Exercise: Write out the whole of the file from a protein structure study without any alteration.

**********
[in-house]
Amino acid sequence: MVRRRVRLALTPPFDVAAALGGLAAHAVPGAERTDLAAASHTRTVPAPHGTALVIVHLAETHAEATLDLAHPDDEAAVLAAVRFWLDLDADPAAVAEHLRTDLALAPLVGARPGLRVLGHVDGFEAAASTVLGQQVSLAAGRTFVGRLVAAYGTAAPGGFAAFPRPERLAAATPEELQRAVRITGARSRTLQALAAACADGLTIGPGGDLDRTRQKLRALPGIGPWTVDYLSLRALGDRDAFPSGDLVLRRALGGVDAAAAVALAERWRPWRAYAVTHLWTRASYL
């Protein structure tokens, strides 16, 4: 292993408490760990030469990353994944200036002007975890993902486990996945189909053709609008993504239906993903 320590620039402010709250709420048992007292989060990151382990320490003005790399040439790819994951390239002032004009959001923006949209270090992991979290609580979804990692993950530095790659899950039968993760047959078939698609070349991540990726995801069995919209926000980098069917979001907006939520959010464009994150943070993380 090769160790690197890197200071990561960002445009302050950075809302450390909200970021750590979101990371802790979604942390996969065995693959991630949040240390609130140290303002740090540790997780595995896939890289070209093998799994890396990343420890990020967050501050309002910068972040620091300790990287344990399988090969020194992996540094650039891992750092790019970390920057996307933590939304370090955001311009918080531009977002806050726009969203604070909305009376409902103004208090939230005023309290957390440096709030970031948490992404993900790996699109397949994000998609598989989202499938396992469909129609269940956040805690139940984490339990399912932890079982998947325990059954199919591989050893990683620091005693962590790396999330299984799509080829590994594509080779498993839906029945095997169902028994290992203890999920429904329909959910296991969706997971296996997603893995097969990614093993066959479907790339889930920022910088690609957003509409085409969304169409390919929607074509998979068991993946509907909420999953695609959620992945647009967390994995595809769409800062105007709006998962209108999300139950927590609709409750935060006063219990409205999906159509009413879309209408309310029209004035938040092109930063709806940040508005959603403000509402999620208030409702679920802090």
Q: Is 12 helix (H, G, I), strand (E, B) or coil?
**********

[in-house]
Amino acid sequence: MVRRRVRLALTPPFDVAAALGGLAAHAVPGAERTDLAAASHTRTVPAPHGTALVIVHLAETHAEATLDLAHPDDEAAVLAAVRFWLDLDADPAAVAEHLRTDLALAPLVGARPGLRVLGHVDGFEAAASTVLGQQVSLAAGRTFVGRLVAAYGTAAPGGFAAFPRPERLAAATPEELQRAVRITGARSRTLQALAAACADGLTIGPGGDLDRTRQKLRALPGIGPWTVDYLSLRALGDRDAFPSGDLVLRRALGGVDAAAAVALAERWRPWRAYAVTHLWTRASYL
């Protein structure tokens, strides 16, 4: 292993408490760990030469990353994944200036002007975890993902486990996945189909053709609008993504239906993903 320590620039402010709250709420048992007292989060990151382990320490003005790399040439790819994951390239002032004009959001923006949209270090992991979290609580979804990692993950530095790659899950039968993760047959078939698609070349991540990726995801069995919209926000980098069917979001907006939520959010464009994150943070993380 090769160790690197890197200071990561960002445009302050950075809302450390909200970021750590979101990371802790979604942390996969065995693959991630949040240390609130140290303002740090540790997780595995896939890289070209093998799994890396990343420890990020967050501050309002910068972040620091300790990287344990399988090969020194992996540094650039891992750092790019970390920057996307933590939304370090955001311009918080531009977002806050726009969203604070909305009376409902103004208090939230005023309290957390440096709030970031948490992404993900790996699109397949994000998609598989989202499938396992469909129609269940956040805690139940984490339990399912932890079982998947325990059954199919591989050893990683620091005693962590790396999330299984799509080829590994594509080779498993839906029945095997169902028994290992203890999920429904329909959910296991969706997971296996997603893995097969990614093993066959479907790339889930920022910088690609957003509409085409969304169409390919929607074509998979068991993946509907909420999953695609959620992945647009967390994995595809769409800062105007709006998962209108999300139950927590609709409750935060006063219990409205999906159509009413879309209408309310029209004035938040092109930063709806940040508005959603403000509402999620208030409702679920802090």
Q: Is 12 helix (H, G, I), strand (E, B) or coil?